The eurozone tried on Friday to contain Greek government rhetoric on suspending upcoming pension cuts, saying that any discussions on that matter are premature, and sending a clear message that Athens should not reverse reforms, particularly in the field of labor.
Responding to strong rumors in recent days that the measure’s suspension would be discussed at next Thursday’s Eurogroup meeting, a senior eurozone official stressed this is not true. The issue will only be raised once the representatives of the country’s creditors return to Athens later in September for the first post-program inspection.
“Any such discussion is premature,” the eurozone official stated, adding that there is an agreement for a primary surplus of 3.5 percent of gross domestic product that may not require the pension cuts now but “I do not know whether they will be needed when the economic cycle changes.”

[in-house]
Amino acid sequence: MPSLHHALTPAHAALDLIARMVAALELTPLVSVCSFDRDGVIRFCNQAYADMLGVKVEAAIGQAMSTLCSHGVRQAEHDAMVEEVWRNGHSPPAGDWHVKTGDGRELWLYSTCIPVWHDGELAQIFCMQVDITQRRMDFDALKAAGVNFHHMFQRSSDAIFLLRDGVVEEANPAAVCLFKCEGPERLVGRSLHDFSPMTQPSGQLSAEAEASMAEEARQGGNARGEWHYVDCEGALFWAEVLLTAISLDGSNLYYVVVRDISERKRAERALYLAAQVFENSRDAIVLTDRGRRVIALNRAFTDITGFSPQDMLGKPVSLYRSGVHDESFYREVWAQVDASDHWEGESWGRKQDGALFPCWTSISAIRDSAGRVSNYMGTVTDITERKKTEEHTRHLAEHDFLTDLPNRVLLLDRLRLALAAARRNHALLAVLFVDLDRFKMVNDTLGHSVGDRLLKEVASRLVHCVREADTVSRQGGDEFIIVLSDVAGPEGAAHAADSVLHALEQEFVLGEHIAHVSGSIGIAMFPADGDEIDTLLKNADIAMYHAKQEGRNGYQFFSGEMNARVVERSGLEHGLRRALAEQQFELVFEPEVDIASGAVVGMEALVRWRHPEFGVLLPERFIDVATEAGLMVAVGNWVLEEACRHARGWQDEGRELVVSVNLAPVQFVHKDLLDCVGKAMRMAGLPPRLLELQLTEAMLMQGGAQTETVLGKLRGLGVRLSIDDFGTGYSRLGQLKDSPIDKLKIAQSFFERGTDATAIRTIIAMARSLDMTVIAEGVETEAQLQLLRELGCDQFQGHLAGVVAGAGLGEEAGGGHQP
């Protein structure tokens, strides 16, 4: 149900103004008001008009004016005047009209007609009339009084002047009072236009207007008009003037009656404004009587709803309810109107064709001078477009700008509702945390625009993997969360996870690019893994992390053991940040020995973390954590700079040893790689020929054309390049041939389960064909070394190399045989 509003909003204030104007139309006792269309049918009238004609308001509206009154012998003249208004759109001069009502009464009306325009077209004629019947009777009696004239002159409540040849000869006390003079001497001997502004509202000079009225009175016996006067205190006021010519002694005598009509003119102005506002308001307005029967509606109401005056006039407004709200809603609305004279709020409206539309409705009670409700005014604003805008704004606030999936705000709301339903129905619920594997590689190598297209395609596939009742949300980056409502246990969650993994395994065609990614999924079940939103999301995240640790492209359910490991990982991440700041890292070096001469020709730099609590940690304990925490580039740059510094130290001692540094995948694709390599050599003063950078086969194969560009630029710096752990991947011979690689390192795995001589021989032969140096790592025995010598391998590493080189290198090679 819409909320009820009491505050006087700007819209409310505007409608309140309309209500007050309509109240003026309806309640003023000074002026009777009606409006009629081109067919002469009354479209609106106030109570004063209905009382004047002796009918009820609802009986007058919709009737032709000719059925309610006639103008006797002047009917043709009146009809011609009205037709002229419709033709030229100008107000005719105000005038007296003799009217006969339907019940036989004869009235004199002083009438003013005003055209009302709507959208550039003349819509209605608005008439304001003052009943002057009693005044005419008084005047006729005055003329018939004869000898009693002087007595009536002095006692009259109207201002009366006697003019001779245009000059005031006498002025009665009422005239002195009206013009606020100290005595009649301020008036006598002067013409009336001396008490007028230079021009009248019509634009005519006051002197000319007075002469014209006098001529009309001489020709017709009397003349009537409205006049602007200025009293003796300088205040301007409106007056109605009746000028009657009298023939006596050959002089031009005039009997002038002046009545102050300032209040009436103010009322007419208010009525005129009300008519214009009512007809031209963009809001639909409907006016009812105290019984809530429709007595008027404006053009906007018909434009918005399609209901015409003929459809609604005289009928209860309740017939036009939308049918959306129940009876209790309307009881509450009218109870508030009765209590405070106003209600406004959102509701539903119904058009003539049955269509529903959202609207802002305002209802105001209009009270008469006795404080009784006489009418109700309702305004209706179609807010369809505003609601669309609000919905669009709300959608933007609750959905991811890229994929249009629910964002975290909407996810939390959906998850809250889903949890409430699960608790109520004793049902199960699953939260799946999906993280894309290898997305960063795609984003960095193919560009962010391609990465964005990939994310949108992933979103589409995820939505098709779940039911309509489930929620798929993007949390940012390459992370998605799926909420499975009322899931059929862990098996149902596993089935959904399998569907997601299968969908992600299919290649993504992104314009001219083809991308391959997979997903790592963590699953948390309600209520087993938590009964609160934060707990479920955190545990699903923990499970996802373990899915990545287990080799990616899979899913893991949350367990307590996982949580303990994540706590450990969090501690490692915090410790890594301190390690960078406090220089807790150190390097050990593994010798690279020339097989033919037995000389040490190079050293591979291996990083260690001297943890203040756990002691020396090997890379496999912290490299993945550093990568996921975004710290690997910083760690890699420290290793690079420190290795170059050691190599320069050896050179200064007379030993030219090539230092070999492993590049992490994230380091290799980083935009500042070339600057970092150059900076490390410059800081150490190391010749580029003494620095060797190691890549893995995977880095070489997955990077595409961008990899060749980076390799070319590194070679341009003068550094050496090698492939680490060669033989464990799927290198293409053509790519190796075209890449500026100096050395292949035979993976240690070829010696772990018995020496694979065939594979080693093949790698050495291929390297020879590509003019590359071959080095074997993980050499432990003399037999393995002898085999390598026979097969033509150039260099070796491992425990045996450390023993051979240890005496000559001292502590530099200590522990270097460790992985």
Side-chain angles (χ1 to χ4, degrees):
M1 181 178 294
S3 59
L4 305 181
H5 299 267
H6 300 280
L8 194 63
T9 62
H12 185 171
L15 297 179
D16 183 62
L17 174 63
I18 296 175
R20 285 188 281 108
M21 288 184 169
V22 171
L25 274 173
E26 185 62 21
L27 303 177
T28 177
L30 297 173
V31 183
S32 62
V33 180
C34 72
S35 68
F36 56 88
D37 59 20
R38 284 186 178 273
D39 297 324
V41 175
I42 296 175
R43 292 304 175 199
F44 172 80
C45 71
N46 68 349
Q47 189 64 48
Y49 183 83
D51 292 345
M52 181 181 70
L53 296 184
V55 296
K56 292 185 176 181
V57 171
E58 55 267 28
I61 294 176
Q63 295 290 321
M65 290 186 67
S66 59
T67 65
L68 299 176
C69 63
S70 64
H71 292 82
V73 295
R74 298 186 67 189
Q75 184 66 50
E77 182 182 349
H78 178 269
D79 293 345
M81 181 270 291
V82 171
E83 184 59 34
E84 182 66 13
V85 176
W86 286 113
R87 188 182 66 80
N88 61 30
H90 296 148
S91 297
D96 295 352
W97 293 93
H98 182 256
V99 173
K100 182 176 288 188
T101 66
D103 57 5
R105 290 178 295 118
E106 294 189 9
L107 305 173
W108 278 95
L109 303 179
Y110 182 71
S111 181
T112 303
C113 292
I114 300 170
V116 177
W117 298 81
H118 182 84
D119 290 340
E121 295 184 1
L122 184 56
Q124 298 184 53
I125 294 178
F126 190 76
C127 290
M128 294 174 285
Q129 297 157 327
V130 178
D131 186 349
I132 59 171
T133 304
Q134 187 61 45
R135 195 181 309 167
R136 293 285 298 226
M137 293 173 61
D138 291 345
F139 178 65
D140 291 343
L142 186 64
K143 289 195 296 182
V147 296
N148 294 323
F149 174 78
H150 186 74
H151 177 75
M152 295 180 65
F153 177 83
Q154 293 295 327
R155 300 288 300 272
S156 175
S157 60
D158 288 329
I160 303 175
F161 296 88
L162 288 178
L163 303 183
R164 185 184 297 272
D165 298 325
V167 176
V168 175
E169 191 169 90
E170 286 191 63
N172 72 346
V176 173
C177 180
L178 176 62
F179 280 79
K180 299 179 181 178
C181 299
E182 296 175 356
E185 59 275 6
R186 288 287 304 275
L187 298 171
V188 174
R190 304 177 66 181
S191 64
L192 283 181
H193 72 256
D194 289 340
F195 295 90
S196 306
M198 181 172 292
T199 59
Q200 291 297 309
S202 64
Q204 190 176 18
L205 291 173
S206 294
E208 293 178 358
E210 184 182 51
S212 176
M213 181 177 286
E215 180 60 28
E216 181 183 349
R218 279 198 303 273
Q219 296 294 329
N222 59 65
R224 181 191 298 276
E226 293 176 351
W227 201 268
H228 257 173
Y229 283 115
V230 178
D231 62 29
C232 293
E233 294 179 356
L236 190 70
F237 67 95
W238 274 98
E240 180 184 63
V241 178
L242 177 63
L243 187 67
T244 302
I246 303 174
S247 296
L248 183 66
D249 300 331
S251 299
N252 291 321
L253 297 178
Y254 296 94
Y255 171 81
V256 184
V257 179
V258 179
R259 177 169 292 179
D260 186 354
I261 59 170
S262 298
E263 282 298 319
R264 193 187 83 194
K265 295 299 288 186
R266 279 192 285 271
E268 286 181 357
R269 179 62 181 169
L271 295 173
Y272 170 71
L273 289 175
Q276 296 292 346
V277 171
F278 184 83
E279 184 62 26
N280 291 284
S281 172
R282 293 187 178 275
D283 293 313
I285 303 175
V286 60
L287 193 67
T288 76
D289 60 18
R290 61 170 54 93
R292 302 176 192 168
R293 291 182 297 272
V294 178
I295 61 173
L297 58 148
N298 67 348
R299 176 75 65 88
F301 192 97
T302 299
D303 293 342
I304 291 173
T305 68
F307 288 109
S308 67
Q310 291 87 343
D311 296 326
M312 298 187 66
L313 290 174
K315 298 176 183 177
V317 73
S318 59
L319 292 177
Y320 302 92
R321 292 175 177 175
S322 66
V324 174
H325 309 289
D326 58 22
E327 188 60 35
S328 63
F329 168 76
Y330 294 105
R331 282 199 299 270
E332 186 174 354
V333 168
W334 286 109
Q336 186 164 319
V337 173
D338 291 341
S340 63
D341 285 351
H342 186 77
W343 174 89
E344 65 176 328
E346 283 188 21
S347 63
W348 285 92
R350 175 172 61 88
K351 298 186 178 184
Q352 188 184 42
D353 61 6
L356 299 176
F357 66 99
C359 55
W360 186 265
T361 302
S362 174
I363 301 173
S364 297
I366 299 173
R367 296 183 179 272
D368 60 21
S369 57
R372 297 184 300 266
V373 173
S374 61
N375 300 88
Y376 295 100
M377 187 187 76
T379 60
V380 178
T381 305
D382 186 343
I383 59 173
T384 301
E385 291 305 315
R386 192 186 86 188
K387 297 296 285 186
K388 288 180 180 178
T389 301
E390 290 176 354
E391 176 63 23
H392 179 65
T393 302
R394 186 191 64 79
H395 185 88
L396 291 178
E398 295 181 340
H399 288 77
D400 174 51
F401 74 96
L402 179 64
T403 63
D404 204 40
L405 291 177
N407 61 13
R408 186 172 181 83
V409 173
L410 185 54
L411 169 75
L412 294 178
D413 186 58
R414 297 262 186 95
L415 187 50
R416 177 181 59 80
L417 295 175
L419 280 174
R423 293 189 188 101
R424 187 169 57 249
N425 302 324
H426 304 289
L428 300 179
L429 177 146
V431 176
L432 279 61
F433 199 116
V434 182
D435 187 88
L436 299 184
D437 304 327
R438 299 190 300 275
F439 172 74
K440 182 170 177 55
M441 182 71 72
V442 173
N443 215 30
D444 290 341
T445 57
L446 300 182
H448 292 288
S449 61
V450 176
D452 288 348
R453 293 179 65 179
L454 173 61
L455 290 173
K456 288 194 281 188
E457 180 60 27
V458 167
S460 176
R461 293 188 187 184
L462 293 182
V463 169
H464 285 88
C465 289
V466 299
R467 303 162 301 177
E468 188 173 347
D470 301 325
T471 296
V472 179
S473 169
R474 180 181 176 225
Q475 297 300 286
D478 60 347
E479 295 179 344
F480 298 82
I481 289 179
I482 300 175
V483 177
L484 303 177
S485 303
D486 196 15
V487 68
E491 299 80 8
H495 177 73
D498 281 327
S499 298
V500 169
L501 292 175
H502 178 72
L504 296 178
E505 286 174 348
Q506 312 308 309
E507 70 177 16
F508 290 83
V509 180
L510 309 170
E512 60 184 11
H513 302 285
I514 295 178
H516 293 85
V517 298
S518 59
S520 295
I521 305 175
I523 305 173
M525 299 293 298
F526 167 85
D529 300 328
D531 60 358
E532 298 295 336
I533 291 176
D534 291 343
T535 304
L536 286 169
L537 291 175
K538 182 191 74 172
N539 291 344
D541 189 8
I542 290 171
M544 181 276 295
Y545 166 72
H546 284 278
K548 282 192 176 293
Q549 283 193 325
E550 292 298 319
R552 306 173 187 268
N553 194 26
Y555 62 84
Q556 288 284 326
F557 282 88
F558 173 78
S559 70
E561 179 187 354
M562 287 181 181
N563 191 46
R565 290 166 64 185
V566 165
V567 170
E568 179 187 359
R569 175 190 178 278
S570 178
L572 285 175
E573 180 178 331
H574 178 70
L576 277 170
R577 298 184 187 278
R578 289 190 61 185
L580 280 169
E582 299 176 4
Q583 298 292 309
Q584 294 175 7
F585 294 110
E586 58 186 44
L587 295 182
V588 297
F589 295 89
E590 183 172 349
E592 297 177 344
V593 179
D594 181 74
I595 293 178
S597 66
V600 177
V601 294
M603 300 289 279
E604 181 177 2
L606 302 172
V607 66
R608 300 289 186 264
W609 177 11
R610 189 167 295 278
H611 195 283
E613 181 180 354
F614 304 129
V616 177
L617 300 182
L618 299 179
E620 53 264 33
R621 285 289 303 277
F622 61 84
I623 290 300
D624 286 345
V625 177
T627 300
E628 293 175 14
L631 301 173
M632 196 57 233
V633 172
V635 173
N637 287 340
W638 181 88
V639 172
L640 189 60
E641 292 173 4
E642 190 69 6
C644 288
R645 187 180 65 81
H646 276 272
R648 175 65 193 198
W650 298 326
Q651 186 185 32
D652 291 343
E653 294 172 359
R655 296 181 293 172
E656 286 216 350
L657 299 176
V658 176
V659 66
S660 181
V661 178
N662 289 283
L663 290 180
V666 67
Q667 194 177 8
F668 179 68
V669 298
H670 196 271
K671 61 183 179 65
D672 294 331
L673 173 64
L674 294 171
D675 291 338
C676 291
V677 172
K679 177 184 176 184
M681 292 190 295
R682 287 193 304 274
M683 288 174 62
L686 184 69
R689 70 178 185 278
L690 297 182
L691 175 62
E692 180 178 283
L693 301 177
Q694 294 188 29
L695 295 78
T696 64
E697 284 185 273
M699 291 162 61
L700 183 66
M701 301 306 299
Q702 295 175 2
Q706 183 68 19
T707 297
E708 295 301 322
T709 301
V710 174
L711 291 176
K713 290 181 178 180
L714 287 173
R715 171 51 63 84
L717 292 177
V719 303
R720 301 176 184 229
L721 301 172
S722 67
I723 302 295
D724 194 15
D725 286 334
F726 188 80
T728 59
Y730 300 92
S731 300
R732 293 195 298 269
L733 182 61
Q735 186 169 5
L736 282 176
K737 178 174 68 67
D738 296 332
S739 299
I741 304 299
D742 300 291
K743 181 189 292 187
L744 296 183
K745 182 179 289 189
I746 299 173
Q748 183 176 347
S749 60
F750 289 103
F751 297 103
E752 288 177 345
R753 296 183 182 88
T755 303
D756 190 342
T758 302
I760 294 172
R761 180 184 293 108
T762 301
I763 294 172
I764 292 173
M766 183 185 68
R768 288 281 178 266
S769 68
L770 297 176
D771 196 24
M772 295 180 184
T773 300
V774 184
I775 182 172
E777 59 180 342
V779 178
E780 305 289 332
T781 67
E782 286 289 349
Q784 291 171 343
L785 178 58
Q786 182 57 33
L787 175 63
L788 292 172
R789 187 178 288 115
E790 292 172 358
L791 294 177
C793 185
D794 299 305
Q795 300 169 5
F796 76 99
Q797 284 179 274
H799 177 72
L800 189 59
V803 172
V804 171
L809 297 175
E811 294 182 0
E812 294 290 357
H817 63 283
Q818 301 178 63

The same official also informed reporters in Brussels about how the first inspection after the end of the bailout program will be carried out, stressing that it will be very different to those of the previous eight years and to the quarterly visits to other countries that emerged from similar programs.